Journal of Religion & Film Announcements
Call for Papers: 17th Annual Biennial Conference for the International Society for Religion, Literature, and Culture.
University of Leuven, Belgium, 18-20 September, 2014.
Call for Papers (deadline for all proposals: 30 April 2014)
In 2014 we remember the beginning of the Great War, emblematic of the catastrophes that scattered every humanist illusion in the twentieth century. Our conference will take up the challenge of retrieving a sense of humanity. Re-Imagining Human wants to invite every participant to rethink the meaning of whatever ‘human’ might be. The omission of the definite article means exactly this: no ‘the’, no definition, no containment.
Contemporary culture and theory seem to be moving in two directions. One response is an embrace of the human condition as radical finitude and vulnerability. In literature and the arts, this finds expression, for example, in new forms of requiem and vanitas motifs. A multitude of voices from gender theory, post-colonialism, trauma studies, disability studies and theological anthropology are critical of the Modern view of ‘human’ for its denial of corporality, materiality and historicity, which are markers of human frailty and mortality.
A second trend aims at transcending our human limits. Both “high literature” (e.g., C.S. Lewis, Michel Tournier, David Mitchell, etc.) and popular culture (films, graphic novels, etc.) are crowded with golems, zombies, cyborgs, vampires, and other sub-human or super-human creatures. This imagination resonates partly with bio-medical dreams of a post-humanist future. Will technology realize ancient religious visions of human perfection? Or is it feeding phantasms that endanger our very being? Another challenge is the emergence of disciplines like genomics, neuroscience and evolutionary psychology: will the human mystery finally be deciphered?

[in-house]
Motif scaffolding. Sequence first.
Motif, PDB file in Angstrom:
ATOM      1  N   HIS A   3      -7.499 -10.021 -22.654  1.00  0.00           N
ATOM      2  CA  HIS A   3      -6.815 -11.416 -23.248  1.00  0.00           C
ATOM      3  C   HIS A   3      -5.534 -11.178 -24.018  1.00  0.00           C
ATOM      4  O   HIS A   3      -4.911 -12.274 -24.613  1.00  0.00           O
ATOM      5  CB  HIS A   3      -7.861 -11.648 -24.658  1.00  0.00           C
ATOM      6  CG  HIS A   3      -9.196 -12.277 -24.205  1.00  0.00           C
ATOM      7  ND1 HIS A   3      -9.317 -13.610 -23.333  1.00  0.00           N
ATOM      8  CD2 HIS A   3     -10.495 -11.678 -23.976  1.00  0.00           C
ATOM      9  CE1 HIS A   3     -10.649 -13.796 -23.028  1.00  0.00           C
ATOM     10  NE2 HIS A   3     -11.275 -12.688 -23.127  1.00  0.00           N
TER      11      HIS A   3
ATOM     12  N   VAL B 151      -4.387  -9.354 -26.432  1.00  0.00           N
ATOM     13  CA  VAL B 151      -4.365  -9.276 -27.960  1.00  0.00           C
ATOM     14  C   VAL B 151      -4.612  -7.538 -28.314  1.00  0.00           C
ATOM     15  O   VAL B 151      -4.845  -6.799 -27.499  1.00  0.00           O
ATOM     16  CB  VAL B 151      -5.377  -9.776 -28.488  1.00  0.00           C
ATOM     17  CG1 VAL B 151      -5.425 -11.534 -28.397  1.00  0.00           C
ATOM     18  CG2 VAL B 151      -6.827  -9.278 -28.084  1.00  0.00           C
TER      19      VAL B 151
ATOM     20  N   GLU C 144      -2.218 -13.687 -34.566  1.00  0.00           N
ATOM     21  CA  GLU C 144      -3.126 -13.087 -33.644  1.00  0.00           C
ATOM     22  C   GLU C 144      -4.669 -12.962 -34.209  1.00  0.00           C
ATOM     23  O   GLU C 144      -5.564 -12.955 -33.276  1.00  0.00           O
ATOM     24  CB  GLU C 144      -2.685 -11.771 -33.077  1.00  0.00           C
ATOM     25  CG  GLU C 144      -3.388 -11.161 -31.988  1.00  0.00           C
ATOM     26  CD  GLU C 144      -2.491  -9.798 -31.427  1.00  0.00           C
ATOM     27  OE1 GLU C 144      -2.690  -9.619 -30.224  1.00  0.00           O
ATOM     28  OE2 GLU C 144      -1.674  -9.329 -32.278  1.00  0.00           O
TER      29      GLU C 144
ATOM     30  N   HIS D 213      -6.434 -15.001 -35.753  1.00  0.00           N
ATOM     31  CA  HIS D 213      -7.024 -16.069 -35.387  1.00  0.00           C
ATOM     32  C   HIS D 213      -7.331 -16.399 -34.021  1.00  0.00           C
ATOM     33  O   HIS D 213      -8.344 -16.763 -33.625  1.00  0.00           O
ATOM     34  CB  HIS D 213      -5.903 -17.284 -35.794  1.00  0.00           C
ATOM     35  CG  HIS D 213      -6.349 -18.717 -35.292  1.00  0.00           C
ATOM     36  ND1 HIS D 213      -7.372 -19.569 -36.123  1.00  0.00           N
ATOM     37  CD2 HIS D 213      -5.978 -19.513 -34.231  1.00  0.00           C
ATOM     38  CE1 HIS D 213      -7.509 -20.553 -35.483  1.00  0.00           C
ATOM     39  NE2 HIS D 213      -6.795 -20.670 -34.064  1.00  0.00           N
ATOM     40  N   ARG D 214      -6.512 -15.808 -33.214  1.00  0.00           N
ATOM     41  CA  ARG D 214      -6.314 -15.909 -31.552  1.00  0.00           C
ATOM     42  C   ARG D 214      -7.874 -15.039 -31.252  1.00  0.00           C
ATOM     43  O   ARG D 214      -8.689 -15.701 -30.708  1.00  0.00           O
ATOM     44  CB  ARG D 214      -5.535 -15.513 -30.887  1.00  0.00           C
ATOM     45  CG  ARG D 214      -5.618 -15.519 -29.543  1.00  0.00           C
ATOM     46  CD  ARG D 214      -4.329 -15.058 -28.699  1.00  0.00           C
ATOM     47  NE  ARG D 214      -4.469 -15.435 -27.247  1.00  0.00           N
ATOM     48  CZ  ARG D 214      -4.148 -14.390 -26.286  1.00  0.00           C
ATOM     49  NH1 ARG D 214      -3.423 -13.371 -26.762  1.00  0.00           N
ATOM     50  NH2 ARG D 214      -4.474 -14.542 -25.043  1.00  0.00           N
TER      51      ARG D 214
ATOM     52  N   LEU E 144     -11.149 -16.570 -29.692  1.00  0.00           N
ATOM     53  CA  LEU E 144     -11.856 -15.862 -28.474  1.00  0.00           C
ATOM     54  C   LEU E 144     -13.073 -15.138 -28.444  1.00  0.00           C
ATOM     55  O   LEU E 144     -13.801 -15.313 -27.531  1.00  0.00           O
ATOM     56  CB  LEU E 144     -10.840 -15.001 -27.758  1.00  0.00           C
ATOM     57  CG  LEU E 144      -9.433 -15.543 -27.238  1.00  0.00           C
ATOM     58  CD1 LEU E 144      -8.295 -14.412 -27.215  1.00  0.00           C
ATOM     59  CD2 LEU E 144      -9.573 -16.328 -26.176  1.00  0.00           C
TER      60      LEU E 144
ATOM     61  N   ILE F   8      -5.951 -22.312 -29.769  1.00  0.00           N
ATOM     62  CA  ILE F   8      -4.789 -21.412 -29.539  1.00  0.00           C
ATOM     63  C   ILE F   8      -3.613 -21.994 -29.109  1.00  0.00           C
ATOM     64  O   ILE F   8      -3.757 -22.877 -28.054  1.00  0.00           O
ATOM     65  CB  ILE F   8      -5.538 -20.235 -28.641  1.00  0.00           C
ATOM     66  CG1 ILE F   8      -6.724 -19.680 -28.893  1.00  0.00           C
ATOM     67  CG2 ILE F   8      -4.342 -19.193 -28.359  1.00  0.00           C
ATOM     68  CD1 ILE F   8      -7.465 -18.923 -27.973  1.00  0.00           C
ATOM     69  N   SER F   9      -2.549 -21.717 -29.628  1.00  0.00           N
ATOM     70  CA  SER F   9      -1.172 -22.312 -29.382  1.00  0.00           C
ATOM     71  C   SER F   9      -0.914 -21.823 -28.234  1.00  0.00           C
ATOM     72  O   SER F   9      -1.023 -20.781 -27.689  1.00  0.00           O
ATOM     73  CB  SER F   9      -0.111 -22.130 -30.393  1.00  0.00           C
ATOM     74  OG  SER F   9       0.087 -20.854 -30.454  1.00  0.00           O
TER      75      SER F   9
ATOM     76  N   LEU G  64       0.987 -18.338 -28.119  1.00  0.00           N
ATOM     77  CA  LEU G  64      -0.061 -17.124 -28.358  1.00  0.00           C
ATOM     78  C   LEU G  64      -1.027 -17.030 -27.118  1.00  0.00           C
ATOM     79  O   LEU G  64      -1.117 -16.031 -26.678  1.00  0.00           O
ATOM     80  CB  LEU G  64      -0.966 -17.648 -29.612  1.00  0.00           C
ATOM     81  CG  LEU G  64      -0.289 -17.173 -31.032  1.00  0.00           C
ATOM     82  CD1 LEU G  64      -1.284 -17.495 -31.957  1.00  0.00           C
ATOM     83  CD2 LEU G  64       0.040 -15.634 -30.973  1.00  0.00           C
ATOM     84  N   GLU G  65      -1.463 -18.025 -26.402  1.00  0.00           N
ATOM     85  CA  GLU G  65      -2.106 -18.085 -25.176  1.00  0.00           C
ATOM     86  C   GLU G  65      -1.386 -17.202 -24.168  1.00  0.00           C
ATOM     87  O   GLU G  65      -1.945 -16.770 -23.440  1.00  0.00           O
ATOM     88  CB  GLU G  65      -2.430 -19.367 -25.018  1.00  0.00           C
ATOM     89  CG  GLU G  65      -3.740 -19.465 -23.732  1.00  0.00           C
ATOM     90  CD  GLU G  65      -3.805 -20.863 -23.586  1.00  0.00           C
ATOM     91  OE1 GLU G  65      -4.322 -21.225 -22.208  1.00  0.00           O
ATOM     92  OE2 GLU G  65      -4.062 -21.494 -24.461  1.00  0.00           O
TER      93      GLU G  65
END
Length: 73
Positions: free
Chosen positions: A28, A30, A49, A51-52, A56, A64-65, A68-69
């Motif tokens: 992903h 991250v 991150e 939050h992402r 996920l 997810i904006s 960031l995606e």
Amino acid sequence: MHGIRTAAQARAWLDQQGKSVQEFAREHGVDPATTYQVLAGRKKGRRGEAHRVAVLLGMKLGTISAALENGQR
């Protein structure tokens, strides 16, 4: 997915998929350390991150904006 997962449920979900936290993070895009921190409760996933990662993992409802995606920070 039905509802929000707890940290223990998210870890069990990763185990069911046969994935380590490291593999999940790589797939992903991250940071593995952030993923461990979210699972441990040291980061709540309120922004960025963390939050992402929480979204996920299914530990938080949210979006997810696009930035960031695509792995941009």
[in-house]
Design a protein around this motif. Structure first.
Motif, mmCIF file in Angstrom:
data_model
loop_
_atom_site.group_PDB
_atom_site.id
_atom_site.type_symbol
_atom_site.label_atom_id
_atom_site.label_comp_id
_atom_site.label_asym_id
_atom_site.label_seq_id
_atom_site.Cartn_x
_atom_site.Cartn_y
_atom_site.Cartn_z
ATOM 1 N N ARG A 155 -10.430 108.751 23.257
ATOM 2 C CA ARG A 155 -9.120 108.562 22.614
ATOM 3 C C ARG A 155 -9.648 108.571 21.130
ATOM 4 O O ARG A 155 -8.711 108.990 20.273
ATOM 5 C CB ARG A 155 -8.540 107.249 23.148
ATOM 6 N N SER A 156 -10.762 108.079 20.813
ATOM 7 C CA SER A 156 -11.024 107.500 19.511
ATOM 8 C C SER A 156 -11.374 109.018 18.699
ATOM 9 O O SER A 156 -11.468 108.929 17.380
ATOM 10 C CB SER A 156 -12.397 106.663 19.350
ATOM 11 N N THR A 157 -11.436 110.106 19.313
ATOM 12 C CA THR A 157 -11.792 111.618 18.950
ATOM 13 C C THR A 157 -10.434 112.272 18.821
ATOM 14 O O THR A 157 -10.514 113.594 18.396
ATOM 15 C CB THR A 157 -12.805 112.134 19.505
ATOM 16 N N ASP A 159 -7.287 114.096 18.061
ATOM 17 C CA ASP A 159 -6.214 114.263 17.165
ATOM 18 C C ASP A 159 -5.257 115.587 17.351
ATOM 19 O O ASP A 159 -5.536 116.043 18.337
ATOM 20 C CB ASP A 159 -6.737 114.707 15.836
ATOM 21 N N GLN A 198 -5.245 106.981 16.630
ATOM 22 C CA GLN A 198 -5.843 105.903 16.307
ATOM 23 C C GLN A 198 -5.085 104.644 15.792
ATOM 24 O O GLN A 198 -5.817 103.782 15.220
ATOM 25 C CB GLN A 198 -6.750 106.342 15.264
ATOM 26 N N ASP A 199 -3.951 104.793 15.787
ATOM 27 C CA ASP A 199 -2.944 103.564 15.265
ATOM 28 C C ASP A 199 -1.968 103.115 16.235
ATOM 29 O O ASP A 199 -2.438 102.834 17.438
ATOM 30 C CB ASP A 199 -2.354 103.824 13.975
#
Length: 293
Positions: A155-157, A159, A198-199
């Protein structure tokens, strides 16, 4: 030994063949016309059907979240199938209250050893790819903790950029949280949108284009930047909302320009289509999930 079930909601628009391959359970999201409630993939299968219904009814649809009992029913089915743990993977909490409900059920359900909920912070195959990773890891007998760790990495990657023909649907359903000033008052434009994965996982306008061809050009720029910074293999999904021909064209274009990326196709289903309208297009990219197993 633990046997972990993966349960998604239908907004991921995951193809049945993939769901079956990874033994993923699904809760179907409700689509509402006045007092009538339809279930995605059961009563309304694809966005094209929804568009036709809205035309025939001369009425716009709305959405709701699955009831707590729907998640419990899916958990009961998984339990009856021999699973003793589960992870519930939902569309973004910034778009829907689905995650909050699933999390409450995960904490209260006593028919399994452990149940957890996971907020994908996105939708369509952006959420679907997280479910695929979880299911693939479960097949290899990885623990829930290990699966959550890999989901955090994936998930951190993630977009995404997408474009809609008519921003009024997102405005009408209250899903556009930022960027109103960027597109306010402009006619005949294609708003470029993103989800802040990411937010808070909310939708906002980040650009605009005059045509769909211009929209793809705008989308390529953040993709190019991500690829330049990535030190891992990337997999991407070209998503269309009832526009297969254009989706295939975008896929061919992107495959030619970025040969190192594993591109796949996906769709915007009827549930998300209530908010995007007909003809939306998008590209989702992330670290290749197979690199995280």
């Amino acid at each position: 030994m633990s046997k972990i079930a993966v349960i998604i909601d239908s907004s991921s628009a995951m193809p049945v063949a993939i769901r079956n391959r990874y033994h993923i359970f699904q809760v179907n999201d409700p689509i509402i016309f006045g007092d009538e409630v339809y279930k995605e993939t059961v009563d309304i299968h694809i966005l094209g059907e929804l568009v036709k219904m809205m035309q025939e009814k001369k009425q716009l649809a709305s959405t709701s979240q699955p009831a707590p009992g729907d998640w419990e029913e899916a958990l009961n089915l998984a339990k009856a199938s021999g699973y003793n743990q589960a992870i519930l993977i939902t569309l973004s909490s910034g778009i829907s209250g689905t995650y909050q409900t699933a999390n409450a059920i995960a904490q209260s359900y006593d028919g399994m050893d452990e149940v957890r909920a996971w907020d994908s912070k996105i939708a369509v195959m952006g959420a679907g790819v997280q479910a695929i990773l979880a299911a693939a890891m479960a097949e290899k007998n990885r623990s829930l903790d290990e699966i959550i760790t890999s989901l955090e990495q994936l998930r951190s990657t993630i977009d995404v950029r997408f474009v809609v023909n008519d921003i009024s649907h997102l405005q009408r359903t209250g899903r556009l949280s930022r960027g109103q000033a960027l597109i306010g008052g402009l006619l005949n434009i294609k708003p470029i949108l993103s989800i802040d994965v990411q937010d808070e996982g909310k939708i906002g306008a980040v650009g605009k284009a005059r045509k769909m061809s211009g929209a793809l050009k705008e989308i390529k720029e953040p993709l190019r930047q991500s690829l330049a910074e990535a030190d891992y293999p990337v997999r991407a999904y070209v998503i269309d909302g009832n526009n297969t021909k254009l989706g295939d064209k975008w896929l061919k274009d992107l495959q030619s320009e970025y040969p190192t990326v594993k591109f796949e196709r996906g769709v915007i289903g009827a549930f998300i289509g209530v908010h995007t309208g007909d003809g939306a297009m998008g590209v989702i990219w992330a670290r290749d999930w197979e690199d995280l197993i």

Both the recognition of vulnerability and the search for transcendence are often motivated by a commitment to the humane. Re-imagining human, between the defective and the heroic (or in German, Mängelwesen and Übermensch), provokes key terms of religious anthropologies – creation and fall, contingency and the absolute, kenosis and resurrection, sin and redemption, damnation and grace, etc.
Proposals for short papers (presentations of 20 minutes, followed by 10 minutes of interaction) are welcome for each of the panels listed below. For further information concerning any particular panel, please contact the panel convenor mentioned in the particular subsection.
The deadline for submission of abstracts for any of the panels is 30 April 2014.
For more information, see the International Society for Religion, Literature, and Culture's website.
Music and the Moving Image IX Conference
at NYU Steinhardt
May 30, 2014 - June 1, 2014
CALL FOR PAPERS
The annual conference, Music and the Moving Image, encourages submissions from scholars and practitioners that explore the relationship between music, sound, and the entire universe of moving images (film, television, video games, iPod, computer, and interactive performances) through paper presentations.
This year’s conference will include a keynote speech by the film orchestrator Patrick Russ (King Kong, Far From Heaven) and we invite abstracts that focus on the role and function of orchestration. The Program Committee includes Patrick Russ, Elisabeth Weis (Film Sound: Theory and Practice, The Silent Scream: Alfred Hitchcock's Sound Track), Philip Carli (Synergy in America's Early Talking Machine Industry and original orchestral scores for Captain Salvation [1925; Turner, 2005], Stella Maris [1918; Milestone, 1998]), and coeditors of Music and the Moving Image, Gillian B. Anderson (Haexan; Pandora’s Box; Composing for the Cinema, Music for Silent Film 1892-1929: A Guide); and NYU faculty, Ron Sadoff (The Moon and the Son: An Imagined Conversation; Chuck Jones: Memories of Childhood). The conference will run a few days before the NYU/ASCAP Film Scoring Workshop in Memory of Buddy Baker (June 4 – 13, 2014).
MaMI Conference website: http://steinhardt.nyu.edu/music/scoring/conference/
Abstracts or synopses of papers (250 words) should be submitted to: by no later than Dec. 16, 2013.
E-mail for more information.